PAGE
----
AUGUSTA, Ga. – The last six months Dr. James E. Carroll spent in Kuwait were in 1990 and as a hostage in the U.S. Embassy. Starting this January, he's going back for six months as a Fulbright Scholar.
"I really want to go back to Kuwait and finish it up right," said Carroll, Chief of the Section of Pediatric Neurology at the Medical College of Georgia at Georgia Health Sciences University. He will come full circle, returning to Kuwait University Faculty of Medicine to teach, treat patients and study cerebral palsy in the small Arab state on the Persian Gulf.
Last time, he'd decided to leave his job at MCG and move wife Shirley and their then-seven children to Kuwait potentially for good. This time, Carroll is definitely going and coming back.
Carroll moved his family to Kuwait in 1988 to take a job as Director of the Pediatric Training Program for the university. He taught medical students – in Kuwait medical school is six years and includes essentially two years of undergraduate education – as well as registrars, which are similar to residents in the United States. Life was generally good in Kuwait, one of the smallest and richest countries in the world. There were ocean breezes and Kuwaitis got free health care. But there were problems as well learning a difficult language, living with an often subservient view of women as well as summer temperatures averaging about 100 degrees.
It was the oppressive summers that sent his wife and children back to the states in 1990. Carroll, who typically did the same, had drawn the short straw that year and remained behind to help take care of patients and oversee the registrars.
His wife of more than 40 years called him that Aug. 2, sharing news reports that Kuwait's northern neighbor, Iraq, was poised to invade and urging him to come home. "I said, 'Everything is fine here. Nothing is happening.'" The next day Iraqi jets were strafing the city, tanks and troops were on the streets and people were shooting at each other.
"In our family lore, whenever I tell Shirley everything is going to be alright, needless to say, it isn't," Carroll chuckles. Within no time the Iraqis had taken over the hospital and the new hospital commander was asking to see Carroll. "I knew it was bad because they were taking Americans prisoner." He ended up at the Embassy with about 26 other assorted individuals and a handful of remaining diplomats. Water and electricity were cut off, so the significant food stores were mostly ruined. "We had like 6,000 cans of tuna," Carroll said. The hostages could see and hear the ocean and sometimes slept atop a three-story Marine barrack to catch a nighttime breeze and relief from the staggering summer heat. Carroll spent his time reading, swimming and running laps on the embassy's five acres which were now encircled by tanks. He sent encrypted emails to his wife. The hostages took guard duty and if the Iraqi's invaded the embassy, that encryption device was one of things that needed to be destroyed. Carroll also assumed a natural role as the embassy's staff physician.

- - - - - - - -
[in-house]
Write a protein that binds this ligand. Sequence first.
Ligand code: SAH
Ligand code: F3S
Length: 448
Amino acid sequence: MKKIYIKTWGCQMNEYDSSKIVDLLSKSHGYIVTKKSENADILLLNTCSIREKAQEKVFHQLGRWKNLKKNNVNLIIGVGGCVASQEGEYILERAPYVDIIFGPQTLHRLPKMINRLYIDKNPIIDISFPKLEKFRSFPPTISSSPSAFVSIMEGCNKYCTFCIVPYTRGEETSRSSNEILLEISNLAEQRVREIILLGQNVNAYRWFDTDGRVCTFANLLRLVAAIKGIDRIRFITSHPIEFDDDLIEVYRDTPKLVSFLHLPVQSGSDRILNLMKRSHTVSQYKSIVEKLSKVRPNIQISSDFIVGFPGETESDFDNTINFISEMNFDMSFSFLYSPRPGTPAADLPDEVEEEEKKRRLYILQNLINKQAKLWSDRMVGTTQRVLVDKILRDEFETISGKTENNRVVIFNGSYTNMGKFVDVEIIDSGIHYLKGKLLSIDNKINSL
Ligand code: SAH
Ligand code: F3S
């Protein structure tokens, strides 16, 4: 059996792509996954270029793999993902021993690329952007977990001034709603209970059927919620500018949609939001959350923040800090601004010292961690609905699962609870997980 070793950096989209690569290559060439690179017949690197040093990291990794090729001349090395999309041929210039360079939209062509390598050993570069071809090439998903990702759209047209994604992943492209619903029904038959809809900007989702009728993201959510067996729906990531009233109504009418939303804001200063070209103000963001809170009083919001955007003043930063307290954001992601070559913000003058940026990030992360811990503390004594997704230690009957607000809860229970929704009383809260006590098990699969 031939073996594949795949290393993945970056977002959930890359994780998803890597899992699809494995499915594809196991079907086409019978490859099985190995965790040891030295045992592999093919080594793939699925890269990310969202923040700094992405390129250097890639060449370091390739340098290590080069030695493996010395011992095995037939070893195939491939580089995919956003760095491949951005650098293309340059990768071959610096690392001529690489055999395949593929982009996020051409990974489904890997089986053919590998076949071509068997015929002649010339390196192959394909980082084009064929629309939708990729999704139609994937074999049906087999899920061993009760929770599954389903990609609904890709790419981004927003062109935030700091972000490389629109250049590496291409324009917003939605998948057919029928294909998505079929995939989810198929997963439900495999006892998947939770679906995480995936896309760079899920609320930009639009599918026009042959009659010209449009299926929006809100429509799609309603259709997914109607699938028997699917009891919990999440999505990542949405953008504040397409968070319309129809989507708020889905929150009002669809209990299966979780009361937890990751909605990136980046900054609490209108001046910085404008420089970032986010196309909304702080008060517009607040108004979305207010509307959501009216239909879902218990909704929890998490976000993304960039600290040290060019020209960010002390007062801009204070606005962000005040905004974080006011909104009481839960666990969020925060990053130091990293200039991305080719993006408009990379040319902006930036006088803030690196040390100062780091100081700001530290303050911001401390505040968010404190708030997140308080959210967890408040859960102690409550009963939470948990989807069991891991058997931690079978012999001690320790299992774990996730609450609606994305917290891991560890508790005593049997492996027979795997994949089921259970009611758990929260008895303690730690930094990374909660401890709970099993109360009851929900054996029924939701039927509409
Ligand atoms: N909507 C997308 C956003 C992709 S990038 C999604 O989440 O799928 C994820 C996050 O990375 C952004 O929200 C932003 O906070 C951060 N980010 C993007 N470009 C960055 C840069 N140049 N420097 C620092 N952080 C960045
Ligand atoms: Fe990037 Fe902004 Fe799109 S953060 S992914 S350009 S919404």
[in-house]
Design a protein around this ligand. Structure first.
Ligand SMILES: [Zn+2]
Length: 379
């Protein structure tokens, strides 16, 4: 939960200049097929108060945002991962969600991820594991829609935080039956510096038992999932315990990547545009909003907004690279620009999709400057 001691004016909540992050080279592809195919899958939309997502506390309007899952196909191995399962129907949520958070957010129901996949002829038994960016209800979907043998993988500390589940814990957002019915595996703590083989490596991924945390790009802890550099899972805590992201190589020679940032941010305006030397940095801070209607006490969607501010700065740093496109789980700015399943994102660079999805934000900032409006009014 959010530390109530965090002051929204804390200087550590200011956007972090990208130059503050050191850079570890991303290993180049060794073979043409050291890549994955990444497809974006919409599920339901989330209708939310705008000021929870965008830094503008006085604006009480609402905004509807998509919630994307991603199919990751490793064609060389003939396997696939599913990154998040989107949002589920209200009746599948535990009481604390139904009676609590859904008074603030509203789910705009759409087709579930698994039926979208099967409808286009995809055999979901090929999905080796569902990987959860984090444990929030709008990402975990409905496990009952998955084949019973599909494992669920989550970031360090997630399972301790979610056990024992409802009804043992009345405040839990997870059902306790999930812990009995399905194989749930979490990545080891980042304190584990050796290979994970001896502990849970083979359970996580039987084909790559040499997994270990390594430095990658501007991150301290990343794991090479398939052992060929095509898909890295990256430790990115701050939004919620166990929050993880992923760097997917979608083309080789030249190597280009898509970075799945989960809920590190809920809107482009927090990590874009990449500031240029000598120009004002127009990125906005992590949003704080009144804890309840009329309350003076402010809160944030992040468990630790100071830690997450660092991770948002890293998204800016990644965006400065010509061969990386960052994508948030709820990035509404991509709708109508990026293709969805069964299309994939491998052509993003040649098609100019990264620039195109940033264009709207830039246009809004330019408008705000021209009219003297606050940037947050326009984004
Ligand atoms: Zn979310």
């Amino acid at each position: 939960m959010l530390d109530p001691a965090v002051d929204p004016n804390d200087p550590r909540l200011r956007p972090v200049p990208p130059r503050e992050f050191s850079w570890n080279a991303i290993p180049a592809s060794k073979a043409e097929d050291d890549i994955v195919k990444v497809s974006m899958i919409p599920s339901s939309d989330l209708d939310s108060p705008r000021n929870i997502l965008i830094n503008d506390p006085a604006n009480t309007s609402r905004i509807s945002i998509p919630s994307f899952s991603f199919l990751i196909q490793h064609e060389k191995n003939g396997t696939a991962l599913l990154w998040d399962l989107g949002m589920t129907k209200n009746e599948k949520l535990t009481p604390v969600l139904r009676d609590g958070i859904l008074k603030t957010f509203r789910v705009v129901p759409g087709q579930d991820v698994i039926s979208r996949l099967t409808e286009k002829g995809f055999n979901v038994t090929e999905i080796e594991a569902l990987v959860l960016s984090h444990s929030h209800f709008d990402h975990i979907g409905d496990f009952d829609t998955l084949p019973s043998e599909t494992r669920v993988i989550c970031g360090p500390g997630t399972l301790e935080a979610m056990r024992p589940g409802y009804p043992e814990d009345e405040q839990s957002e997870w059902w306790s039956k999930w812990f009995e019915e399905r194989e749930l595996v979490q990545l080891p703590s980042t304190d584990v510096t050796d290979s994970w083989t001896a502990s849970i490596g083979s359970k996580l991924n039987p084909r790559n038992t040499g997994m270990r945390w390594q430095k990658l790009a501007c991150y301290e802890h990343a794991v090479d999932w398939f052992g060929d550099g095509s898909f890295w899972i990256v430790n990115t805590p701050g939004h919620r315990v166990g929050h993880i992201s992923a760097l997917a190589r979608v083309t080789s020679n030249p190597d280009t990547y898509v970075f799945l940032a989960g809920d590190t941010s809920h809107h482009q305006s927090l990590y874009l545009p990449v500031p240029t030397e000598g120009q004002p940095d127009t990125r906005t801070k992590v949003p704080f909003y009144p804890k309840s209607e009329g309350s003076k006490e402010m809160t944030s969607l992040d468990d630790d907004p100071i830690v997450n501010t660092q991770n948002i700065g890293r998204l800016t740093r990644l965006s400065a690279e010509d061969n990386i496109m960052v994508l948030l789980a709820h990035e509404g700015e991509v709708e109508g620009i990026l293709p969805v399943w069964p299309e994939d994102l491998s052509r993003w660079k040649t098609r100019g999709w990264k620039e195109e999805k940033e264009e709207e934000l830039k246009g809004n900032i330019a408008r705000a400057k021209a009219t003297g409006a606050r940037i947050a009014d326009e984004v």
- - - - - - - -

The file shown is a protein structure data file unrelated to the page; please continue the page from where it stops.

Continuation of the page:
"It was pretty scary because we thought we were going to die," said the characteristically calm Carroll. He remembers one night, a diplomat coming in, rubbing his hair and declaring them "toast."
That December, Sadam Hussein announced that he would let Westerners go. Glad but hardly confident, they turned themselves into the Iraqi Secret Service. They were taken to an airport hangar where they figured again they were about to die. When Carroll finally arrived in Frankfurt, he decided he just might live.
He has returned to the country intermittently in the years since, the first time was less than six months later to try to reclaim any possessions he could find. His wedding pictures were among the items lost forever.
Still, he looks forward to his return. "I am excited about it," Carroll said. Nervous? "Why would I be? I like the people. I like the culture. It's like getting back on a horse."
It also may be an opportunity to write a final chapter or two. During captivity, Carroll kept a diary, which was widely publicized by media outlets in the immediate aftermath of his release, and he started but never finished a book about the experience.
Carroll is among about 1,100 Fulbright scholars for 2012-13. The program, sponsored by the U.S. government, is designed to enhance understanding between citizens of the United States and other countries. Since its establishment in 1946, 300,000 students, scholars, teachers, artists and scientists have taught, studied, conducted research and exchanged ideas around the world.
His epidemiological studies in Kuwait will seek the causes of cerebral palsy, a wide range of disabilities resulting from genetic defects or birth injuries affecting the brain. At GHS Children's Medical Center, Carroll treats children and young adults with conditions that are barely detectable to those that are physically and mentally incapacitating. He also does stem cell research to aid patient recovery.
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